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Oshkosh vs. Workhorse: Which Delivery Vehicle Manufacturer is a Better Buy?

Oshkosh (OSK) and Workhorse (WKHS) are two companies competing to create electric delivery vehicles. Recently, OSK won a big contract from the USPS, which caused WKHS to plummet? Is OSK still the better buy? Patrick Ryan gives his take below.

This story originally appeared on StockNews
Oshkosh (OSK) and Workhorse (WKHS) are two companies competing to create electric delivery vehicles. Recently, OSK won a big contract from the USPS, which caused WKHS to plummet? Is OSK still the better buy? Patrick Ryan gives his take below.

Oshkosh (OSK) and Workhorse (WKHS) have been in the news of late. WKHS lost out on a contract to make the mail trucks used by the United States Postal Service.

OSK won the contract even though WKHS was considered the favorite to land the deal for several months.OSK is a defense contractor that also makes futuristic delivery vehicles. WKHS is largely focused on “last mile” delivery vehicles that typically top out at 75 miles per hour. However, WKHS also has a drone business that works in tandem with its delivery vehicles.

Is OSK the better play now that the company has beaten out WKHS for the lucrative USPS contract? We answer that question below.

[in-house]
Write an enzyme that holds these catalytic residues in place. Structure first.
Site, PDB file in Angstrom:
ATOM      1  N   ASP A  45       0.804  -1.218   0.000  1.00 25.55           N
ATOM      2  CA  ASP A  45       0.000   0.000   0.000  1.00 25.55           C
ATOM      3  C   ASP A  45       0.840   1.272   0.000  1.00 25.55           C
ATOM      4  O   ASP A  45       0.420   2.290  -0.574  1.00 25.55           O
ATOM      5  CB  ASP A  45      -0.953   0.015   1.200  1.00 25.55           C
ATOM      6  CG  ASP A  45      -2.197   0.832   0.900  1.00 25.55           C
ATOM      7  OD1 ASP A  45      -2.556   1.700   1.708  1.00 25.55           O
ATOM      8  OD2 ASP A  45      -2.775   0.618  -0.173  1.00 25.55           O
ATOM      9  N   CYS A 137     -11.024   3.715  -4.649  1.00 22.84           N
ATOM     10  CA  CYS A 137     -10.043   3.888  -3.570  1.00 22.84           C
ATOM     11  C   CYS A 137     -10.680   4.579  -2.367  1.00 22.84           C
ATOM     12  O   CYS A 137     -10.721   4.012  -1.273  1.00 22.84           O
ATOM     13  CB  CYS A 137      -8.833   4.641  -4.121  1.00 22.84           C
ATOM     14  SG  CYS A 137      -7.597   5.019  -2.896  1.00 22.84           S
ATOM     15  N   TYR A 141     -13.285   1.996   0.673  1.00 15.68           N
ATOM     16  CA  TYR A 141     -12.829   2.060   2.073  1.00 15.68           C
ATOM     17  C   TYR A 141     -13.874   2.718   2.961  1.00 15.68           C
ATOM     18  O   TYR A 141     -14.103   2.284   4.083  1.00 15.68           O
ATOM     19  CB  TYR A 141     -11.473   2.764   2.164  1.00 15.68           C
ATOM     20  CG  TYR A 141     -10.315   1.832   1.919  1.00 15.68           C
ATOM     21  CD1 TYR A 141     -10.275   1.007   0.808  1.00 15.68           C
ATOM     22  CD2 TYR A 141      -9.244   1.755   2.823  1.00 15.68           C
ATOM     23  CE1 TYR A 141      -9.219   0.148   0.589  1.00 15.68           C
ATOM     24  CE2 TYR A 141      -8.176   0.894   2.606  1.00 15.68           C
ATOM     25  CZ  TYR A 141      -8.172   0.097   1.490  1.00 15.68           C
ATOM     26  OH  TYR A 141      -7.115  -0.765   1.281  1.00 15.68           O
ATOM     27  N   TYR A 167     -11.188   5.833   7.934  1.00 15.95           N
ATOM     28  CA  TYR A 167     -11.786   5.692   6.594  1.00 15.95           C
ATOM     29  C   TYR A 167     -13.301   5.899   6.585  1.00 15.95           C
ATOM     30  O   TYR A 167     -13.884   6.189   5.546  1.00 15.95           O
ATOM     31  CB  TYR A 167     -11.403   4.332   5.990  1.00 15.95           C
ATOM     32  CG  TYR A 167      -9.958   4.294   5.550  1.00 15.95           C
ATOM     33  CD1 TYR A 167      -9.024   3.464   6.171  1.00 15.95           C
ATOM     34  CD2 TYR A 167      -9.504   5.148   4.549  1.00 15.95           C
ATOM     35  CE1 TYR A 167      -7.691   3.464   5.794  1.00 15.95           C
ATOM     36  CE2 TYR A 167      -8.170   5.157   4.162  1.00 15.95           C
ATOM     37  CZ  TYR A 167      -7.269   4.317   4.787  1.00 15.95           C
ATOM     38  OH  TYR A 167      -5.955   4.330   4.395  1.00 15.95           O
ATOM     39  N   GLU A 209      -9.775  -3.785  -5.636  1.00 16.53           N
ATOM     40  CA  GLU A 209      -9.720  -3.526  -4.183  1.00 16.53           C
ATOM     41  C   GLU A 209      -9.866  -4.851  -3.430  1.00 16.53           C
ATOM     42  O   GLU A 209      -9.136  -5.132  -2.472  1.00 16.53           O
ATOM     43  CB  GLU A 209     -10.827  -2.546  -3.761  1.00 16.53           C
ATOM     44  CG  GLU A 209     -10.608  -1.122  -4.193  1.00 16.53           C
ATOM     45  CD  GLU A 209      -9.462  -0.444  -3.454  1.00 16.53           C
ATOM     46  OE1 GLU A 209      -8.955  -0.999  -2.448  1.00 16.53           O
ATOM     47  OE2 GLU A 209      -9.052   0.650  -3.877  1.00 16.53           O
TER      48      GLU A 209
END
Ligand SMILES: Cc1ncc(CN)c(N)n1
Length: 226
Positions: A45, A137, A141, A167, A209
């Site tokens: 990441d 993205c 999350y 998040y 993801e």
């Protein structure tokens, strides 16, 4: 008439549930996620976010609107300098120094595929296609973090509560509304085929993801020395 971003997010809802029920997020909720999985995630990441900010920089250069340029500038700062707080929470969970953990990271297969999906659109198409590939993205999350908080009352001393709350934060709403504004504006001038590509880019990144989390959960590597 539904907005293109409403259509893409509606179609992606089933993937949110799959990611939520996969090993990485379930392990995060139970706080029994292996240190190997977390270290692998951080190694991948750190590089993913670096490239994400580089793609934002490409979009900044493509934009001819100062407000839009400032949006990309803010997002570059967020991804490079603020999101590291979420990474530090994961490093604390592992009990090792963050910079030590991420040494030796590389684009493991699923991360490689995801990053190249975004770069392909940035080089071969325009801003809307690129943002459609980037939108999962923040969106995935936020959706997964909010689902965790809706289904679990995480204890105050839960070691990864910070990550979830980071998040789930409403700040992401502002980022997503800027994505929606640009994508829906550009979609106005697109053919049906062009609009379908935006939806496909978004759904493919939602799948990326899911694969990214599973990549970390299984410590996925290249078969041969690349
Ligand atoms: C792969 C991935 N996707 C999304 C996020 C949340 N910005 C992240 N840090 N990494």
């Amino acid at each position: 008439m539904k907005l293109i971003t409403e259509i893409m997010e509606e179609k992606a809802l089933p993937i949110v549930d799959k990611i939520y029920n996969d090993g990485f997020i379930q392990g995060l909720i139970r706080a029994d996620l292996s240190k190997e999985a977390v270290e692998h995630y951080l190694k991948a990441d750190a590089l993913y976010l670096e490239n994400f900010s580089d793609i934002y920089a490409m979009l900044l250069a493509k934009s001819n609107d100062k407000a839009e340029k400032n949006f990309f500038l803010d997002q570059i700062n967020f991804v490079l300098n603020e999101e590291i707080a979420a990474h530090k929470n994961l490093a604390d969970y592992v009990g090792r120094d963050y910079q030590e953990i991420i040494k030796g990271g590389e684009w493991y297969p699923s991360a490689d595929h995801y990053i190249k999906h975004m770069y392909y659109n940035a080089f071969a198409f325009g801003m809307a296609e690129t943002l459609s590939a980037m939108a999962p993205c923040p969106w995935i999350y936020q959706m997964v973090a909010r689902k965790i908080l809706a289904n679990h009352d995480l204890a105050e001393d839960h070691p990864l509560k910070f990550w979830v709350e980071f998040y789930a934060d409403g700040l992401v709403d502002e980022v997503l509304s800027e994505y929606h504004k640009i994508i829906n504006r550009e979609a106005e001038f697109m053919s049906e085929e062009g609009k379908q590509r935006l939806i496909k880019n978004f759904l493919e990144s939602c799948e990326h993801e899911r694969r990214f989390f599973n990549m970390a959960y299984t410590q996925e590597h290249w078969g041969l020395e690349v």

Details About the OSK Contract With USPS

Investors were big fans of WKHS all the way up until a couple of months ago when the USPS selected one of the EV maker's competitors, OSK, to make its delivery trucks. Though some United States lawmakers have urged USPS power brokers to halt the contract, it appears as though it will move forward with OSK being the big winner and WKHS the big loser. All in all, the deal extends a decade into the future during which OSK will make next-generation postal service delivery vehicles.

Most of those who piled their money into WKHS stock were surprised the EV-maker did not receive even a small piece of the contract that totals several billion dollars in aggregate. However, the silver lining is WKHS was one of three finalists, meaning it will likely be considered for future projects in the months and years ahead. Little else is known about the contract as the USPS has provided precious few details and has discouraged executives from the three finalists from discussing the bid process. The decade-long contract starts with an investment of nearly $500 million. OSK will use the money to perfect its USPS vehicle model production. Upwards of 165,000 such vehicles will be made in the decade ahead.

USPS vehicles made by OSK will be designed with fuel-efficient engines or electric powertrains that are battery-powered. It is particularly interesting to note these vehicles will be retrofitted to accommodate improvements in EV technology in the years to come. It is important to note the deal inked between the USPS and OSK is open-ended, meaning USPS can tack on additional money for even more delivery trucks down the line.

OSK Points of Note

OSK makes military vehicles, refuse equipment, severe service equipment, and off-highway equipment. However, OSK executives have recently made it well known the company is willing to produce battery-powered electric vehicles for the USPS. OSK also has a partnership with Ford (F) that has resulted in the electric version of the large Transit vehicle produced in Missouri.